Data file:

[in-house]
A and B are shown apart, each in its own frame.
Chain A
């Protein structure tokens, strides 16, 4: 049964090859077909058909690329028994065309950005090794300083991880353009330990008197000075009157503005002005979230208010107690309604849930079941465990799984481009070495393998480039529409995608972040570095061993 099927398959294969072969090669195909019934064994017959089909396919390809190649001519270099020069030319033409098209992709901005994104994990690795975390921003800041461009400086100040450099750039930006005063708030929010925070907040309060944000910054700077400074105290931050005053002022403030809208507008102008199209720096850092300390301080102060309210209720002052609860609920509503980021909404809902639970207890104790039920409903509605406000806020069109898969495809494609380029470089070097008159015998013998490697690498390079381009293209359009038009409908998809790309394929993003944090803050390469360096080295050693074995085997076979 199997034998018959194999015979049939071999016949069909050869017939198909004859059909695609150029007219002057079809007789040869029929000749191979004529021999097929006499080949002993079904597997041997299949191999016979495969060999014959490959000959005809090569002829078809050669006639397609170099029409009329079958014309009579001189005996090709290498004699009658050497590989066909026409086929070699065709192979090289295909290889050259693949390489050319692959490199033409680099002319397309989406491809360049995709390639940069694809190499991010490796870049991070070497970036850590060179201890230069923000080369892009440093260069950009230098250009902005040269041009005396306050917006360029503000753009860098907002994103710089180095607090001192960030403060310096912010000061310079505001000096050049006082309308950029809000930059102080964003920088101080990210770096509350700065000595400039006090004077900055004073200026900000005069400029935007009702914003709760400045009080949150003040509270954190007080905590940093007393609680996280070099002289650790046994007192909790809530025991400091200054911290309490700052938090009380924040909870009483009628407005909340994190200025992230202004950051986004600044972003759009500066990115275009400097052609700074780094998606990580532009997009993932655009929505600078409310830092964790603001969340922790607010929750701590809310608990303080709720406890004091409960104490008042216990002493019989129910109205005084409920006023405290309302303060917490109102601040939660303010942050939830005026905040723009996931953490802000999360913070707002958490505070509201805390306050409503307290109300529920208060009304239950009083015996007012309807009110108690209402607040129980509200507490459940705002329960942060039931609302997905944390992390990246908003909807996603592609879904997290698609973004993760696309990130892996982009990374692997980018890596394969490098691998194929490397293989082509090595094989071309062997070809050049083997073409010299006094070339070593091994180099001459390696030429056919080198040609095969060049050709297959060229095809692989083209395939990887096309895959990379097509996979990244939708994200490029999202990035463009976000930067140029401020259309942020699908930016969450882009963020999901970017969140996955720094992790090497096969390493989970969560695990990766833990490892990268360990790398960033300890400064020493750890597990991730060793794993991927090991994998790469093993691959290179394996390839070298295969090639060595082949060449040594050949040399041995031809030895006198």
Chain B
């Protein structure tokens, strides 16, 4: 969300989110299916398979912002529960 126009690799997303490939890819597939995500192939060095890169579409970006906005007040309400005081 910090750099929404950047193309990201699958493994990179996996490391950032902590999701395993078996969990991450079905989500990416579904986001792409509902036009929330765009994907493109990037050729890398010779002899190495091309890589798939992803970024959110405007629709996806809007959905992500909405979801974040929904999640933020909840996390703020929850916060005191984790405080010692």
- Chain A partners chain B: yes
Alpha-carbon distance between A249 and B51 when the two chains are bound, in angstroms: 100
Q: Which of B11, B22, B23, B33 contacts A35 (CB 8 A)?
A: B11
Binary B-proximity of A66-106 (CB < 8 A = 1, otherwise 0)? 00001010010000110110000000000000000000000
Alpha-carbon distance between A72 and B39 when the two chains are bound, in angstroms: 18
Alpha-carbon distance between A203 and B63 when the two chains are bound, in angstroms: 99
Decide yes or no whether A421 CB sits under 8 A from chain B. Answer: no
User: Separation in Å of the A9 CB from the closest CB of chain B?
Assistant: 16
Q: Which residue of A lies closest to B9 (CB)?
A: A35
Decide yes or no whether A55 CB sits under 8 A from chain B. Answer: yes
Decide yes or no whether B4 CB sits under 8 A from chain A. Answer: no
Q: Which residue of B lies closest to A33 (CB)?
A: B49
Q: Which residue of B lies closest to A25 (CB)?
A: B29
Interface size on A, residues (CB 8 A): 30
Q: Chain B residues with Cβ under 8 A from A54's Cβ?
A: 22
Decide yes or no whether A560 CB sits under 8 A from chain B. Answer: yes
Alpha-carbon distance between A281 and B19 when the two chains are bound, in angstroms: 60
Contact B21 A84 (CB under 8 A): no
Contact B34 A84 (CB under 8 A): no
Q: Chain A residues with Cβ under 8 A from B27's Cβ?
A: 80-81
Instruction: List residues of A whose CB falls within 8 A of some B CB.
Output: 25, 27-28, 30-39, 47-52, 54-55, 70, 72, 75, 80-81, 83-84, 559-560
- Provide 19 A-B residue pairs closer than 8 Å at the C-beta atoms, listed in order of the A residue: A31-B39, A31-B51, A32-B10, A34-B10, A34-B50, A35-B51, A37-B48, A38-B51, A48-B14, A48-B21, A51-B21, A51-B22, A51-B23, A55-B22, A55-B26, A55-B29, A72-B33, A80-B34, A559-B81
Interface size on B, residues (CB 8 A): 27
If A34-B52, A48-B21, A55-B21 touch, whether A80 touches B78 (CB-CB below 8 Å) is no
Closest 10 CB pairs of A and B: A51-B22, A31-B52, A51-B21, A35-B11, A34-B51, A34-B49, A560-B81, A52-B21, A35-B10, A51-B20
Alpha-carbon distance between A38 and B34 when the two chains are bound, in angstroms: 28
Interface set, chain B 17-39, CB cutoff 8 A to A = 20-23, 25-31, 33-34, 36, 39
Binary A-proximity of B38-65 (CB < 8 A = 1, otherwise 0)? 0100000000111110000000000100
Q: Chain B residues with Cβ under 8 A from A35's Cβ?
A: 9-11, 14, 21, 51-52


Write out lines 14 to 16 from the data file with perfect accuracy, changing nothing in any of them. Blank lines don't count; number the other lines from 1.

Decide yes or no whether A421 CB sits under 8 A from chain B. Answer: no
User: Separation in Å of the A9 CB from the closest CB of chain B?
Assistant: 16